Non-medical masks will be required for all students and teachers where social-distancing measures cannot be followed, for example, field trips or close contact activities. Students will be required to bring a few masks to school each day so they can use them periodically. The school will, however, provide masks for students who do not have any.
A lunch program will be provided to all students by the OKIB, similar to previous years, and which parents can opt into. However, instead of having a cooked buffet-style lunch, students will now be provided an individual bagged lunch.
“I hired a school nutritionist who oversees our cooks,” says Jones. “So we have a cook at the daycare and to cook [meals] for the school. And in terms of providing, we are working in more traditional foods into the lunches.”
Parents and caregivers will be required to self-screen their children every morning before school, as well as after school, checking if they have any symptoms of illness, COVID-19 or otherwise. The school will be screening as well, checking and assessing students’ temperatures before they enter the building.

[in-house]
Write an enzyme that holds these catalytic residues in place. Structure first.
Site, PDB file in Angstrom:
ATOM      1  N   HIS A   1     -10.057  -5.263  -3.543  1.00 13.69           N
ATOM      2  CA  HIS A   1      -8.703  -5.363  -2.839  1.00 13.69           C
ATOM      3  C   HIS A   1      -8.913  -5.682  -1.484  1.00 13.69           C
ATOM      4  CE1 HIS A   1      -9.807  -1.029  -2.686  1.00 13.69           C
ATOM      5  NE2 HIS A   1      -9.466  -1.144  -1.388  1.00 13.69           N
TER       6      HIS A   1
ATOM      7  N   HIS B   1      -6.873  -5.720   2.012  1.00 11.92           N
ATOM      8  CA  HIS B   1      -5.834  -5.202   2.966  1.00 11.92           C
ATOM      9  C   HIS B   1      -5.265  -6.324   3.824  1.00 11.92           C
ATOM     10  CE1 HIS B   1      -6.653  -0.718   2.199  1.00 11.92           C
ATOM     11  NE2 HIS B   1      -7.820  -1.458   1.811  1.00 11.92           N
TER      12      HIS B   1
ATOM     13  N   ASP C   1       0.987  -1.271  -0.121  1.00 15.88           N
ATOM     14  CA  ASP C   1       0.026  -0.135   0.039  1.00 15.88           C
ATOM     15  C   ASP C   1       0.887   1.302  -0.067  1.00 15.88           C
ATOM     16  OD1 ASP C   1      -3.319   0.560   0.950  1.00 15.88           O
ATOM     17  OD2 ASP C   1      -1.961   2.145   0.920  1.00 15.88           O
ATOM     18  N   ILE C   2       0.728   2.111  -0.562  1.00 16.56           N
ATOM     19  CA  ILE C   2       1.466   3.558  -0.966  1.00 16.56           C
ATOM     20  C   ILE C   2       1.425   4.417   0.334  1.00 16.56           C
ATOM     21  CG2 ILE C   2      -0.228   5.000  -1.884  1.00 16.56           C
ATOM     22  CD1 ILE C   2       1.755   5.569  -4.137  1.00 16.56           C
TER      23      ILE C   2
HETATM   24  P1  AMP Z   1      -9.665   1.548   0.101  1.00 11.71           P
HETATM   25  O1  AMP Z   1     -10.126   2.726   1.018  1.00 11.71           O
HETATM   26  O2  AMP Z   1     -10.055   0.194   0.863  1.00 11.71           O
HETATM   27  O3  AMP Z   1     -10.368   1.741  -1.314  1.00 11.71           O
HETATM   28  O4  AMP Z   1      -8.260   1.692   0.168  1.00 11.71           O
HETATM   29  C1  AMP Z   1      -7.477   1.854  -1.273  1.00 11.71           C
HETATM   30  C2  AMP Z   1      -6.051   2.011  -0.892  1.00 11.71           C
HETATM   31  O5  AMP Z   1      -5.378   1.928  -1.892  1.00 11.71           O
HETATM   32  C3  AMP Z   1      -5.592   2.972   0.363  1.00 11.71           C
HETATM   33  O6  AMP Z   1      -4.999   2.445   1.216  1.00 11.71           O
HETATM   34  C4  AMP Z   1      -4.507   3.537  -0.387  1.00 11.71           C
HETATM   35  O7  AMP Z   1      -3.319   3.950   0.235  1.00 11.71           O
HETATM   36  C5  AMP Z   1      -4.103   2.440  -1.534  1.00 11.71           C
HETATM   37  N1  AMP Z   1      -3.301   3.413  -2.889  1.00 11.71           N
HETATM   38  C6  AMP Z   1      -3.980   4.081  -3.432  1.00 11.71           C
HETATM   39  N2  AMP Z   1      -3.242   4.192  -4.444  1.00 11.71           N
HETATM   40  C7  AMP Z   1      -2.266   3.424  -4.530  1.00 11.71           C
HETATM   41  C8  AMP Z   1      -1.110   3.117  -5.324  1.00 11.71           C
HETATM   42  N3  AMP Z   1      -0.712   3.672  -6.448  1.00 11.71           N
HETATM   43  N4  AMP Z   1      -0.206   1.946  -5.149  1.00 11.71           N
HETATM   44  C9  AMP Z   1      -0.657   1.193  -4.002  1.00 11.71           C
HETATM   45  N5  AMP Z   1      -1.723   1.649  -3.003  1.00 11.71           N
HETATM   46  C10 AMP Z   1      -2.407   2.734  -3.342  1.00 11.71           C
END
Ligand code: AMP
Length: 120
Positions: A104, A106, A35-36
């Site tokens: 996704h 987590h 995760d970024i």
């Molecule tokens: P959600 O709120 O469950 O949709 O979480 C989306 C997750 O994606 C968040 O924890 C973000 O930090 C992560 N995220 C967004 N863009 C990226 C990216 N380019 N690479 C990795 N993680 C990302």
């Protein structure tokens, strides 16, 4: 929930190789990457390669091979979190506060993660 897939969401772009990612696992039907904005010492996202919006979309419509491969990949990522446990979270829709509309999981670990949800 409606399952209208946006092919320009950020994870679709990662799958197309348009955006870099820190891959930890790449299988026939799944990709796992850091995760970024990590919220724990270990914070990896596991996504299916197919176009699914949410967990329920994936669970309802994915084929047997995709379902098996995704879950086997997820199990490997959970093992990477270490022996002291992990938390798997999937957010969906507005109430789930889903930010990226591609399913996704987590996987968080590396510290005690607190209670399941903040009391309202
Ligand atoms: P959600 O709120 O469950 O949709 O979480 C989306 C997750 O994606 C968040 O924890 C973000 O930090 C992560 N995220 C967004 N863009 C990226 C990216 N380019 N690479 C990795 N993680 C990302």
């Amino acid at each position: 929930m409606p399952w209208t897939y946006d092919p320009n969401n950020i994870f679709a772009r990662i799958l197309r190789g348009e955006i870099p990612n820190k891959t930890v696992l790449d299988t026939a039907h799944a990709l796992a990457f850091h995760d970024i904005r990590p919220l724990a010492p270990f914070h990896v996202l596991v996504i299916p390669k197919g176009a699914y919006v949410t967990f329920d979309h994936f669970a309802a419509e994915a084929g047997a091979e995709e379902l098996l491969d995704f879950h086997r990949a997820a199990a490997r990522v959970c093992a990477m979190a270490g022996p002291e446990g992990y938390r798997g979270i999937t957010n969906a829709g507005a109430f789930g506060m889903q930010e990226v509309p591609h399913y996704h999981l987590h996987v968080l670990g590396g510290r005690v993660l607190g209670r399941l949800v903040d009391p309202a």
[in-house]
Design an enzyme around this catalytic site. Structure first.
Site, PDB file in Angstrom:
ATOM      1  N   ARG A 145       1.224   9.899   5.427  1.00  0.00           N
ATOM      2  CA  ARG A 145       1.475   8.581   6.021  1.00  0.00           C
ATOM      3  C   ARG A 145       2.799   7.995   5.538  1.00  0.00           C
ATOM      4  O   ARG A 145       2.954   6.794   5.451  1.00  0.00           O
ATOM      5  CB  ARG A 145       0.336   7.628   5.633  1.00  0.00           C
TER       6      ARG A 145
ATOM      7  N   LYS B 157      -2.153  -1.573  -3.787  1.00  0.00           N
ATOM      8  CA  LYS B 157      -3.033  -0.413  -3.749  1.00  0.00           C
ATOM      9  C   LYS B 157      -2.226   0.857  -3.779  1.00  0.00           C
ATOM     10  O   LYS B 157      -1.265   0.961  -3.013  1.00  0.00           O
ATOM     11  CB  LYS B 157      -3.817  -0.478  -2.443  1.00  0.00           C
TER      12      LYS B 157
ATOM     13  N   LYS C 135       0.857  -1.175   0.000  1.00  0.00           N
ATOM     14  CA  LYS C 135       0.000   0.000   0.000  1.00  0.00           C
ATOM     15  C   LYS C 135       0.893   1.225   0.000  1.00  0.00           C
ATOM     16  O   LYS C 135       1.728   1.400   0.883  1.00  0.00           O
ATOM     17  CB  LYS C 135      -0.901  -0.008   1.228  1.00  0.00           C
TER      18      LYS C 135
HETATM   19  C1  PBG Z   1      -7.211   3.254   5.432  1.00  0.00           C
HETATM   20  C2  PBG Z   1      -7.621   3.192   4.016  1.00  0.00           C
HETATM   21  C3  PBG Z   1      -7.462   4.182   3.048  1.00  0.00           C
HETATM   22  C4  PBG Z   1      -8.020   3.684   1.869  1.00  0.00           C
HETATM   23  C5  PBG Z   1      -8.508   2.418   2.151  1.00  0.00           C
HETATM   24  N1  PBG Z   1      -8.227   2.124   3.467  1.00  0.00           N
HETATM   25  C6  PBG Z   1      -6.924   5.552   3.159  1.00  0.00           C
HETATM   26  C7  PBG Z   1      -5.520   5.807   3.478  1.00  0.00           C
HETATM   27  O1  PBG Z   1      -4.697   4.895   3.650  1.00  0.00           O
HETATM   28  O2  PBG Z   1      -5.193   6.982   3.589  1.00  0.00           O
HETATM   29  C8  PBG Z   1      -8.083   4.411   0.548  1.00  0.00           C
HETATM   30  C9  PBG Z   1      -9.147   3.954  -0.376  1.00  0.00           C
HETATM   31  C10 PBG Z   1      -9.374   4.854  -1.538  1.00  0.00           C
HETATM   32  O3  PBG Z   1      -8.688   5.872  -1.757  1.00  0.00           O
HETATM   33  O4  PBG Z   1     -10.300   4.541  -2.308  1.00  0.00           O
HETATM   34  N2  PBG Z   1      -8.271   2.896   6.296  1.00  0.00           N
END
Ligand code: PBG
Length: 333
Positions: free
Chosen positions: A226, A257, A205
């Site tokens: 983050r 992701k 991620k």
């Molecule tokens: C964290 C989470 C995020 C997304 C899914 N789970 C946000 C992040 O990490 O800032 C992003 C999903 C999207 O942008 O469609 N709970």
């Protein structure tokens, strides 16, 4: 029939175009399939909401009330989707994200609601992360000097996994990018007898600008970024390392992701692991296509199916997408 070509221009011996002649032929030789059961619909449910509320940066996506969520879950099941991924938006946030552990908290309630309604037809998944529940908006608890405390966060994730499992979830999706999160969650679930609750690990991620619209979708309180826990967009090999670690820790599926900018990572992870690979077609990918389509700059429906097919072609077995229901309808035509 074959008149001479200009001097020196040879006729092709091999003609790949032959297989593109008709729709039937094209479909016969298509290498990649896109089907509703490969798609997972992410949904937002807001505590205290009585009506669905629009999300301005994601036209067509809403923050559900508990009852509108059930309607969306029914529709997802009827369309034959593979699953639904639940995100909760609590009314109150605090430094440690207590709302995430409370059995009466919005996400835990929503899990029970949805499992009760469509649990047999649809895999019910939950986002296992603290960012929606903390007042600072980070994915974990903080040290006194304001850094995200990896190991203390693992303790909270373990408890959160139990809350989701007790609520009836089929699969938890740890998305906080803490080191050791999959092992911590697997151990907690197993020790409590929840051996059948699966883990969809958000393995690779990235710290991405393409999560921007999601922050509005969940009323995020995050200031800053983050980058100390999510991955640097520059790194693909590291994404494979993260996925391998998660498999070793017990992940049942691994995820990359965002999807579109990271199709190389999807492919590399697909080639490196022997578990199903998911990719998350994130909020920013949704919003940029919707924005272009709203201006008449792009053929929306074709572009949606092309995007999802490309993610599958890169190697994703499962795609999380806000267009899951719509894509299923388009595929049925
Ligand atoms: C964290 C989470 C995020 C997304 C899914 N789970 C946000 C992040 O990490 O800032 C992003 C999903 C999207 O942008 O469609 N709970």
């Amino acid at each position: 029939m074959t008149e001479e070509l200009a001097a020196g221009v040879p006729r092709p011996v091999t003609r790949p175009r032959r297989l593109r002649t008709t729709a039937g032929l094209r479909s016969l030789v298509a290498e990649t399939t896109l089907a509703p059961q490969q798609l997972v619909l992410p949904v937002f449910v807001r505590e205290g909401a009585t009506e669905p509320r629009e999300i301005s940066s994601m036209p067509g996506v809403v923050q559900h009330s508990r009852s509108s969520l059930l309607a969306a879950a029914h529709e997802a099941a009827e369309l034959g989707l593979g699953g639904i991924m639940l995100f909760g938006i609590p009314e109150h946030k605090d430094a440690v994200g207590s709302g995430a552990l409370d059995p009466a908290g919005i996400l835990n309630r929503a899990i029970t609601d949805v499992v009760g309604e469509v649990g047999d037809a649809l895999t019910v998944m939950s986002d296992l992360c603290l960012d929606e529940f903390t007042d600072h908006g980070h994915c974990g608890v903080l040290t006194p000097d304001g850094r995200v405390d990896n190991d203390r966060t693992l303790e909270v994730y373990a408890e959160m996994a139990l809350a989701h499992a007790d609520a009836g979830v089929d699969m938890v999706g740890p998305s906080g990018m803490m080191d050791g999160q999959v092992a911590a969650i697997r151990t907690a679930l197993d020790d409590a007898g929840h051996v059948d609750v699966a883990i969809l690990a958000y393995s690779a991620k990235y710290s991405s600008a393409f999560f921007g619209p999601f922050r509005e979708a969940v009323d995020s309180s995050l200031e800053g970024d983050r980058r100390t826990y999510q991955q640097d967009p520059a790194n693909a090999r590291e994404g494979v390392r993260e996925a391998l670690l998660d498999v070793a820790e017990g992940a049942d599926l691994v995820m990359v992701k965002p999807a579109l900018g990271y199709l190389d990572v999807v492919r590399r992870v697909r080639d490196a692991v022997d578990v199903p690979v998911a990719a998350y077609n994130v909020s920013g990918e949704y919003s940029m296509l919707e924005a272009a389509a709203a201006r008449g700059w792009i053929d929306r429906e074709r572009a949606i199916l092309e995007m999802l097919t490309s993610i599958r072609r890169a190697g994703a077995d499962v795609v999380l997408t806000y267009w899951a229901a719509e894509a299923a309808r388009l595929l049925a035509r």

“We will have the monitors at the school, and we also take temperatures at lunchtime as well, because we know things change [during] the day,” says Jones.
The OKIB Education Services Department is taking all precautions to prevent the spread of COVID-19. It’s important for students to remember, says Jones, that many parents are Elders and will be the most vulnerable to the transmission of the virus.
In addition, many community members have compromised immune systems, Jones explains. Therefore, setting disease prevention standards at a high level is crucial to the long-term health and wellbeing of all OKIB community members.
He says parents and caregivers should start teaching their children to wear and care for their masks as soon as possible, along with how to social distance, and why it will be important that they wash their hands every half hour for at least 20 seconds.